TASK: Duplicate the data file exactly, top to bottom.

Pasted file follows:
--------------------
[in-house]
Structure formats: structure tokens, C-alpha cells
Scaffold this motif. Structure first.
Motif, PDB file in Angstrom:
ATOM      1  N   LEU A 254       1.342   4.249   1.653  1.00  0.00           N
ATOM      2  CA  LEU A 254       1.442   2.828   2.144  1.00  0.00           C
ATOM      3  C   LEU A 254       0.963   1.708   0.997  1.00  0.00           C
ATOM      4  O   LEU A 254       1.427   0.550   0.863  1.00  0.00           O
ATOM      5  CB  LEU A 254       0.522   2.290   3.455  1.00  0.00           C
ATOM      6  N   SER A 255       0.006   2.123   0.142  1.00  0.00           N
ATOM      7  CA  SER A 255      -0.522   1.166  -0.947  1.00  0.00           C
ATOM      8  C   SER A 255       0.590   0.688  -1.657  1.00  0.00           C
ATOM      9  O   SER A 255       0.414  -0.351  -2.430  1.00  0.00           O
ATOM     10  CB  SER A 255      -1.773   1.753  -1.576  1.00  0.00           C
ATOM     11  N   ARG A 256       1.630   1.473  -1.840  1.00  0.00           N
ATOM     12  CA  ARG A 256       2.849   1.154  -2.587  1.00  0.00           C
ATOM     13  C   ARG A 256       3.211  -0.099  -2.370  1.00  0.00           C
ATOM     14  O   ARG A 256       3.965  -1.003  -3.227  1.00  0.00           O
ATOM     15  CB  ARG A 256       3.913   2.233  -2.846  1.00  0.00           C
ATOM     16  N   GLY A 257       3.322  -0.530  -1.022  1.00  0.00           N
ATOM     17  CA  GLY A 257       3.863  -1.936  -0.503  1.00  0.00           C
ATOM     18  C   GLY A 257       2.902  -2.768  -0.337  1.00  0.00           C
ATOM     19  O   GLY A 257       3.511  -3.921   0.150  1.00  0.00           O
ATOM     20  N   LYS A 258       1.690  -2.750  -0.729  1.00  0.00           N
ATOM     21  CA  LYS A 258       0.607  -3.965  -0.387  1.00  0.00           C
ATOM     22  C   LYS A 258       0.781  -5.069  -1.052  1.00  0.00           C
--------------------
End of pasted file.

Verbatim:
[in-house]
Structure formats: structure tokens, C-alpha cells
Scaffold this motif. Structure first.
Motif, PDB file in Angstrom:
ATOM      1  N   LEU A 254       1.342   4.249   1.653  1.00  0.00           N
ATOM      2  CA  LEU A 254       1.442   2.828   2.144  1.00  0.00           C
ATOM      3  C   LEU A 254       0.963   1.708   0.997  1.00  0.00           C
ATOM      4  O   LEU A 254       1.427   0.550   0.863  1.00  0.00           O
ATOM      5  CB  LEU A 254       0.522   2.290   3.455  1.00  0.00           C
ATOM      6  N   SER A 255       0.006   2.123   0.142  1.00  0.00           N
ATOM      7  CA  SER A 255      -0.522   1.166  -0.947  1.00  0.00           C
ATOM      8  C   SER A 255       0.590   0.688  -1.657  1.00  0.00           C
ATOM      9  O   SER A 255       0.414  -0.351  -2.430  1.00  0.00           O
ATOM     10  CB  SER A 255      -1.773   1.753  -1.576  1.00  0.00           C
ATOM     11  N   ARG A 256       1.630   1.473  -1.840  1.00  0.00           N
ATOM     12  CA  ARG A 256       2.849   1.154  -2.587  1.00  0.00           C
ATOM     13  C   ARG A 256       3.211  -0.099  -2.370  1.00  0.00           C
ATOM     14  O   ARG A 256       3.965  -1.003  -3.227  1.00  0.00           O
ATOM     15  CB  ARG A 256       3.913   2.233  -2.846  1.00  0.00           C
ATOM     16  N   GLY A 257       3.322  -0.530  -1.022  1.00  0.00           N
ATOM     17  CA  GLY A 257       3.863  -1.936  -0.503  1.00  0.00           C
ATOM     18  C   GLY A 257       2.902  -2.768  -0.337  1.00  0.00           C
ATOM     19  O   GLY A 257       3.511  -3.921   0.150  1.00  0.00           O
ATOM     20  N   LYS A 258       1.690  -2.750  -0.729  1.00  0.00           N
ATOM     21  CA  LYS A 258       0.607  -3.965  -0.387  1.00  0.00           C
ATOM     22  C   LYS A 258       0.781  -5.069  -1.052  1.00  0.00           C